Fakenham driver gets suspended jail term for causing death by careless driving

PUBLISHED: 17:23 28 March 2014 | UPDATED: 17:23 28 March 2014

Ben Robinson’s Vauxhall Corsa veered onto the wrong side of the road and collided with Basil Stapleton’s Nissan Primera on the A1067. Pictured: collision scene at Stibbard. Photo: Supplied

Ben Robinson’s Vauxhall Corsa veered onto the wrong side of the road and collided with Basil Stapleton’s Nissan Primera on the A1067. Pictured: collision scene at Stibbard. Photo: Supplied


A 26 year-old driver from Fakenham got a suspended six month jail term after admitting causing the death by careless driving of a 76 year-old grandfather in a accident on the A1067.

A young driver killed a grandfather and seriously injured the victim’s daughter after he drifted across the road for an “unexplained” reason and caused a head-on collision, a court heard

Basil Stapleton, 76, from Whissonett, was driving his daughter Alison Huntley to visit his grand-daughter, who was in intensive care at the Norfolk and Norwich University Hospital, when the accident happened on the A1067, near the Stibbard crossroads on July 18, last year, Norwich Crown Court was told.

Mr Stapleton died at the scene from his injuries but his daughter, who was seriously injured ended up in the same intensive care unit that her daughter, who had contracted meningitis, the court heard.

Mrs Huntley’s injuries including broken bones in her neck, a shattered pelvis and broken ribs,

The driver of a Vauxhall Corsa, Ben Robinson, 26, also suffered serious injuries in the crash and spent three weeks in hospital.

Guy Ayers, prosecuting, said there was no obvious reason why Robinson had drifted across the road and hit Mr Stapleton’s Primera head-on, but after the crash he told one witness “I was tired. I was driving home after work. I am insured.”

He also was concerned for the welfare of the people in the other car involved.

Mr Ayers said that there was no mechanical fault on Robinson’s car, and he had not been speeding, using a mobile phone or drinking.

“It may be that he was tired.”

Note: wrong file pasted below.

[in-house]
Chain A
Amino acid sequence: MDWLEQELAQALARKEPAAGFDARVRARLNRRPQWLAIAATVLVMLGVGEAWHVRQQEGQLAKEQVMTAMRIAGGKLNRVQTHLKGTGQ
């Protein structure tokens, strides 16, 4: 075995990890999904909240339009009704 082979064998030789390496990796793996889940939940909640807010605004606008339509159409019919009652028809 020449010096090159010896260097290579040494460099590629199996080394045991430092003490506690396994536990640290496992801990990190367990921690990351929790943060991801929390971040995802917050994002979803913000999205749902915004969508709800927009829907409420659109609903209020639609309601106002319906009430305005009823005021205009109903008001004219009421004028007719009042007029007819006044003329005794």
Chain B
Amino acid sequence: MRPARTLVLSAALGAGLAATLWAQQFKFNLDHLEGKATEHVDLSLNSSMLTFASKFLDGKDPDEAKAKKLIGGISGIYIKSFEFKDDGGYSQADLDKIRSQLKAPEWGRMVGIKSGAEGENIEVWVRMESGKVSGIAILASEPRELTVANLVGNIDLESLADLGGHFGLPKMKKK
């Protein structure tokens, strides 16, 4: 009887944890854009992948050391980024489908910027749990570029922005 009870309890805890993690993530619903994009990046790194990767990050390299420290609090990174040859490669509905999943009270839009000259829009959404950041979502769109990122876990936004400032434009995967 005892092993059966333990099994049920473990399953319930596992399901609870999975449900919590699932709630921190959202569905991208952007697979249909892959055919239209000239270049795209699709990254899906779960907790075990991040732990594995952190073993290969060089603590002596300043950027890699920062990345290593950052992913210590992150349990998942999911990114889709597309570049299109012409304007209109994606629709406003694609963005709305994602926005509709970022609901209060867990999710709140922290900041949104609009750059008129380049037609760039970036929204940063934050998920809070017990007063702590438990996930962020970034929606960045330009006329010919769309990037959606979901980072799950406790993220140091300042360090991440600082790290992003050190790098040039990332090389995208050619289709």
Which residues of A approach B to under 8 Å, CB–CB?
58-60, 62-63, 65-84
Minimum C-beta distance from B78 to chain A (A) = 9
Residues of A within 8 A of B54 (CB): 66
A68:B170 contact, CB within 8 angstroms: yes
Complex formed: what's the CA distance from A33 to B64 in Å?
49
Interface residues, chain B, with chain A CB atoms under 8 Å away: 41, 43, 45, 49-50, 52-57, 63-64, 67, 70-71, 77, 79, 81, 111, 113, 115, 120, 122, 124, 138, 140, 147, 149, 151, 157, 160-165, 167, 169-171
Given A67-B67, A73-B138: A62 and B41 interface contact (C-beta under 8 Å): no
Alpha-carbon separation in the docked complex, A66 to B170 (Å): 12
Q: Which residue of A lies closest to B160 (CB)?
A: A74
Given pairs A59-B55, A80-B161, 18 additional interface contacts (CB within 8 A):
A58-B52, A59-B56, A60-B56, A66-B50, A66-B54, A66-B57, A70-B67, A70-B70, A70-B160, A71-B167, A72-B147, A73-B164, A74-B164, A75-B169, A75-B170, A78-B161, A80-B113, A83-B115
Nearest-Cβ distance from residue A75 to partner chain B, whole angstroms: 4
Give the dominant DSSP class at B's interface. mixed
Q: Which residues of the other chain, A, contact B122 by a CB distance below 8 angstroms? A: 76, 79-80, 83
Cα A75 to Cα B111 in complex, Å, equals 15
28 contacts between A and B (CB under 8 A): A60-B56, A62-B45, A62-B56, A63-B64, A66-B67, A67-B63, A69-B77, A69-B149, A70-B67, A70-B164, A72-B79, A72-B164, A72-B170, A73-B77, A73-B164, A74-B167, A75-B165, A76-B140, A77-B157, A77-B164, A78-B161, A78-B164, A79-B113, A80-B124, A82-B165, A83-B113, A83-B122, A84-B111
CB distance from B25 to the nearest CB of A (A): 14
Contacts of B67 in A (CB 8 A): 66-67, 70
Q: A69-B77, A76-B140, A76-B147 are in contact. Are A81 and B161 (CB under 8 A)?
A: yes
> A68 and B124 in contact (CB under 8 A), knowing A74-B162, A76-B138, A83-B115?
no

In an impact statement, Mr Ayers said the death of Mr Stapleton, who had been a HGV driver, had a huge impact on his family.

His daughter, Mrs Huntley, said he could always be relied on and the crash meant she never got to say goodbye to her father.

She also said her injuries meant she had to spend 13 weeks in a wheelchair and had to undergo several operations.

Robinson, of The Street, Kettlestone, Fakenham, admitted causing death by careless driving. He was given a six month jail sentence suspended for two years and a 23 month driving ban.

He was also ordered to pay £425 costs and ordered to take an extended test before getting back behind the wheel.

Michael Clare, for Robinson, said there was no evidence that he fell asleep at the wheel.

“There was a lapse in concentration, but he can’t remember what happened. This was an utterance made in shock and panic.”

He said he had just been returning home from his work in Dereham and he himself was seriously injured.

“He pleaded guilty at the earliest opportunity and deserves the fullest credit for his plea.”

Sentencing him, Judge Nicholas Coleman accepted Robinson was remorseful and that he was driving on the wrong side of the road at the time of the crash.

“What is less clear is why?”

He said he was not persuaded that tiredness was not a factor and said: “If anything underpins the signs we all see about tiredness kills, it is this.”

He accepted that what happened would be on his conscience for the rest of his life.

After the case Steve Matthews of the serious collision investigation team said: “This was a tragic incident where a woman was being driven tom visit her daughter in hospital then suffered the loss of her father and serious injuries herself. I would like to extend my sympathies to the family at this difficult time.”

He added: “Robinson has given no indication as to why he may have veered into the path of Mr Stapleton’s car, but has pleaded guilty to causing death by careless driving. Just a momentary lapse in concentration whilst behind the wheel can have devastating consequences as seen here, and I would urge all drivers to pay full attention to their journey.”

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